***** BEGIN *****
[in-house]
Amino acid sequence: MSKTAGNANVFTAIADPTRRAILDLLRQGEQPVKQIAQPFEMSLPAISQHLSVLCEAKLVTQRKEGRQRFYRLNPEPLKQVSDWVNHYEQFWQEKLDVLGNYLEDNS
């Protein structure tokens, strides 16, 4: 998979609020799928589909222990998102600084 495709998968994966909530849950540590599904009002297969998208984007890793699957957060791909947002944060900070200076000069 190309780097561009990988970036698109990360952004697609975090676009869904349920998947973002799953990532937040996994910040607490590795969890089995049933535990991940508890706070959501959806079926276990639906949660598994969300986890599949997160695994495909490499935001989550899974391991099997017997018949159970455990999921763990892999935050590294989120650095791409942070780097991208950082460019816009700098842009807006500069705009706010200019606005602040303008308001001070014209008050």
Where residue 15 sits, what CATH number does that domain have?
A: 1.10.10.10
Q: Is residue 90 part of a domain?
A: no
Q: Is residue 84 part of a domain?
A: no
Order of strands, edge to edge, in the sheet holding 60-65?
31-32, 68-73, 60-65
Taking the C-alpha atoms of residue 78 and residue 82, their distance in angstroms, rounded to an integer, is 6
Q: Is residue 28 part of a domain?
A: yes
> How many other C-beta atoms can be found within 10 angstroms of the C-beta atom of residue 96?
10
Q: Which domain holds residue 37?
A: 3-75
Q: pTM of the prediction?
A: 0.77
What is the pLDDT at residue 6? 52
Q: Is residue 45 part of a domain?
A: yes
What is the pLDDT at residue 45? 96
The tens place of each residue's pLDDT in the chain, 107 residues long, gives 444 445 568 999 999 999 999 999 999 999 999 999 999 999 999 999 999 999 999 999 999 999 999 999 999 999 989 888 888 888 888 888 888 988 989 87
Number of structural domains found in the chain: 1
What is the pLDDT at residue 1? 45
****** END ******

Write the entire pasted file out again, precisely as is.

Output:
[in-house]
Amino acid sequence: MSKTAGNANVFTAIADPTRRAILDLLRQGEQPVKQIAQPFEMSLPAISQHLSVLCEAKLVTQRKEGRQRFYRLNPEPLKQVSDWVNHYEQFWQEKLDVLGNYLEDNS
């Protein structure tokens, strides 16, 4: 998979609020799928589909222990998102600084 495709998968994966909530849950540590599904009002297969998208984007890793699957957060791909947002944060900070200076000069 190309780097561009990988970036698109990360952004697609975090676009869904349920998947973002799953990532937040996994910040607490590795969890089995049933535990991940508890706070959501959806079926276990639906949660598994969300986890599949997160695994495909490499935001989550899974391991099997017997018949159970455990999921763990892999935050590294989120650095791409942070780097991208950082460019816009700098842009807006500069705009706010200019606005602040303008308001001070014209008050």
Where residue 15 sits, what CATH number does that domain have?
A: 1.10.10.10
Q: Is residue 90 part of a domain?
A: no
Q: Is residue 84 part of a domain?
A: no
Order of strands, edge to edge, in the sheet holding 60-65?
31-32, 68-73, 60-65
Taking the C-alpha atoms of residue 78 and residue 82, their distance in angstroms, rounded to an integer, is 6
Q: Is residue 28 part of a domain?
A: yes
> How many other C-beta atoms can be found within 10 angstroms of the C-beta atom of residue 96?
10
Q: Which domain holds residue 37?
A: 3-75
Q: pTM of the prediction?
A: 0.77
What is the pLDDT at residue 6? 52
Q: Is residue 45 part of a domain?
A: yes
What is the pLDDT at residue 45? 96
The tens place of each residue's pLDDT in the chain, 107 residues long, gives 444 445 568 999 999 999 999 999 999 999 999 999 999 999 999 999 999 999 999 999 999 999 999 999 999 999 989 888 888 888 888 888 888 988 989 87
Number of structural domains found in the chain: 1
What is the pLDDT at residue 1? 45